Looking at the papers today, I decided to do two posts instead of one. I try to keep my posts to a reasonable length, and with everything that is going on in China, it warranted its own discussion. I’ll cover the rest of the world in a second post.
Throughout history, China has considered itself to be at the center of the world, and, because of that, the country has been known as the Middle Kingdom. In recent centuries, of course, the West has believed that it is the center. Look at any map made in the U.S., for example—we are in the middle! If you look at the news, though, it does all seem to revolve around China nowadays. Perhaps we will have to redo our maps.
Each of the papers today has a front-page story on China and at least one follow-up article deeper in. They are all about problems, conflicts, and tensions. On the New York Times (NYT) front page, we have “In Car Country, Obama Trumpets China Trade Case,” followed by “Trade Case May Produce Few Results” on p. B1. Both articles are about a newly filed WTO trade complaint on China. More conflict for few results. The Wall Street Journal (WSJ) has “China Tensions on the Rise” on the front page, which discusses both the new WTO complaint and the island conflict. (We’ll get to that in a minute.) The Financial Times (FT) points out that, given this new concern and Romney’s past comments on China, “Trade case sets China at heart of election race” (p. 3). This also ties in with the growing protectionism around the world, which we have discussed before.
Some more encouraging articles include “Trial Begins for Police Chief in Chinese Political Scandal” (NYT, p. A8) and “China Starts Trial of Ex-Police Chief Key to Bo Scandal” (WSJ, p. A11). It’s a closed trial—of course—of one of the cronies of Bo Xilai, the former governor and Politburo candidate who has disappeared from public view. More concerns about the Chinese political process. The NYT also has “US Accord with Japan Over Missile Defense Draws Criticism in China” (p. A7); China really does not like the U.S. playing in its sandbox.
Especially with Japan and especially now. The conflict over the Senkaku islands just keeps getting bigger. It made the front pages of the WSJ and the FT with “China Tensions on the Rise” and “Japan businesses in China shut as protests over islands escalate,” respectively. Japanese firms (and others) are shutting down, at least temporarily, to protect their assets from the protesters. The WSJ also hits this story with “Wary of Protests, Japan Firms Lie Low” (p. A8).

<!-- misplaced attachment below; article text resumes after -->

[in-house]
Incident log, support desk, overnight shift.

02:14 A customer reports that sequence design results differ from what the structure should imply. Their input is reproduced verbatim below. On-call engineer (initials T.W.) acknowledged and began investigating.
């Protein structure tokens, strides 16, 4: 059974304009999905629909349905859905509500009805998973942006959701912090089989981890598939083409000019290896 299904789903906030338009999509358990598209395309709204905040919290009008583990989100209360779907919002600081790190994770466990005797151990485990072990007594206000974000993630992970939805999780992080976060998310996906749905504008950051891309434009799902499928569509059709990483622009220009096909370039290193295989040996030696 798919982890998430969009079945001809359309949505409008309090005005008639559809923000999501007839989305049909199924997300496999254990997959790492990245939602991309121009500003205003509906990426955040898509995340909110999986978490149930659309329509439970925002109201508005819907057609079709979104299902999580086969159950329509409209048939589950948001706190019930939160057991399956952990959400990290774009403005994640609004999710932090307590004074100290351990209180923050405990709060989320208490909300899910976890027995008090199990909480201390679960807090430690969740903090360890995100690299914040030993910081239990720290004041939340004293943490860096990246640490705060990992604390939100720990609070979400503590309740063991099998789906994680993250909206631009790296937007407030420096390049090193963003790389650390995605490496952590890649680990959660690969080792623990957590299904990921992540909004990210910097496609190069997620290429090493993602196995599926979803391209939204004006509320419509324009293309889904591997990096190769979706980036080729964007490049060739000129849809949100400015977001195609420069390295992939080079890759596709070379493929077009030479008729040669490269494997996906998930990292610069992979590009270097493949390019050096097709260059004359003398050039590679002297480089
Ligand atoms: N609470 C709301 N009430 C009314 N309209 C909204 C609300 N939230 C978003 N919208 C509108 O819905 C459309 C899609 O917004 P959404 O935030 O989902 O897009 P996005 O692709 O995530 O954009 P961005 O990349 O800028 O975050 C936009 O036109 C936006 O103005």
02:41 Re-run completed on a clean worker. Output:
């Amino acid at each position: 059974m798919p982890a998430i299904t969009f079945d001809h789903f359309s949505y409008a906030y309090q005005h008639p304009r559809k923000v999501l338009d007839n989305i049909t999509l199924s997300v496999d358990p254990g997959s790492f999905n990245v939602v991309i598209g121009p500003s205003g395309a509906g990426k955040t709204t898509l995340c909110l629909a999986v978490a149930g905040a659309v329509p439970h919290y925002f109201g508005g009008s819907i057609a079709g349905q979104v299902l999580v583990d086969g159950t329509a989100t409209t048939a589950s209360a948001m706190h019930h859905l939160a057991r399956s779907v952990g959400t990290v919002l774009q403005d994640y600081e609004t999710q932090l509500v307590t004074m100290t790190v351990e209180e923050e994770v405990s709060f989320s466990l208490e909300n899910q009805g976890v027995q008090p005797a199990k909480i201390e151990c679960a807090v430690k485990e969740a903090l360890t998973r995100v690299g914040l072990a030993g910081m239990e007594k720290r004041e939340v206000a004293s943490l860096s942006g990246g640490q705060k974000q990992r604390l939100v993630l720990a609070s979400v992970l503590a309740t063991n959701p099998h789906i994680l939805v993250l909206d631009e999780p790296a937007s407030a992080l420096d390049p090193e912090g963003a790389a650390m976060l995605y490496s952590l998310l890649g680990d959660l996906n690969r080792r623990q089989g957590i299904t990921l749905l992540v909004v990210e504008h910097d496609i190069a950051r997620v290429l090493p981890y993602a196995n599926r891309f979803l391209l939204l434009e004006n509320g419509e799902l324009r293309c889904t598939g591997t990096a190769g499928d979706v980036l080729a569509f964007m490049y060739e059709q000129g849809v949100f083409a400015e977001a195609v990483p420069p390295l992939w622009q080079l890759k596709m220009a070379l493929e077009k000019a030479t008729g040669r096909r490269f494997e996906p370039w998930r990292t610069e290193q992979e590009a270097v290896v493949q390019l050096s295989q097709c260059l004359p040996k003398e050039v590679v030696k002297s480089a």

These stories are interesting for a couple of reasons. First, they point out a potential crack in China’s economy; China and Japan are major trading and investment partners, and the shutting down of Japanese firms could be a major hit to the Chinese economy, which is already slowing. Second, if such a shutdown continued or expanded, it could impact many global supply chains for a surprising number of products, including, at a minimum, cars and consumer electronics. Even setting aside the geopolitical and military implications of the island conflicts, the economic effects could be surprisingly widespread.
One of the points that has been made repeatedly by a geopolitical service I subscribe to is that, although the Chinese government has encouraged the anti-Japanese sentiment—and to some extent the protests—there is a risk that the protests will grow beyond what the government can control and may start to take on other causes as well. In the context of the leadership transition—with the associated political uncertainly vividly illustrated by the Bo Xilai case and the Xi Jinping disappearance—the economic slowdown, and the island conflicts (Japan is not the only country having such conflicts with China), the risk level associated with China does appear to be rising. As readers know, I am and have been a China bear for some time, but it does seem that we are getting close to some sort of breakpoint. The Chinese curse, “May you live in interesting times,” comes to mind.
Have a great day!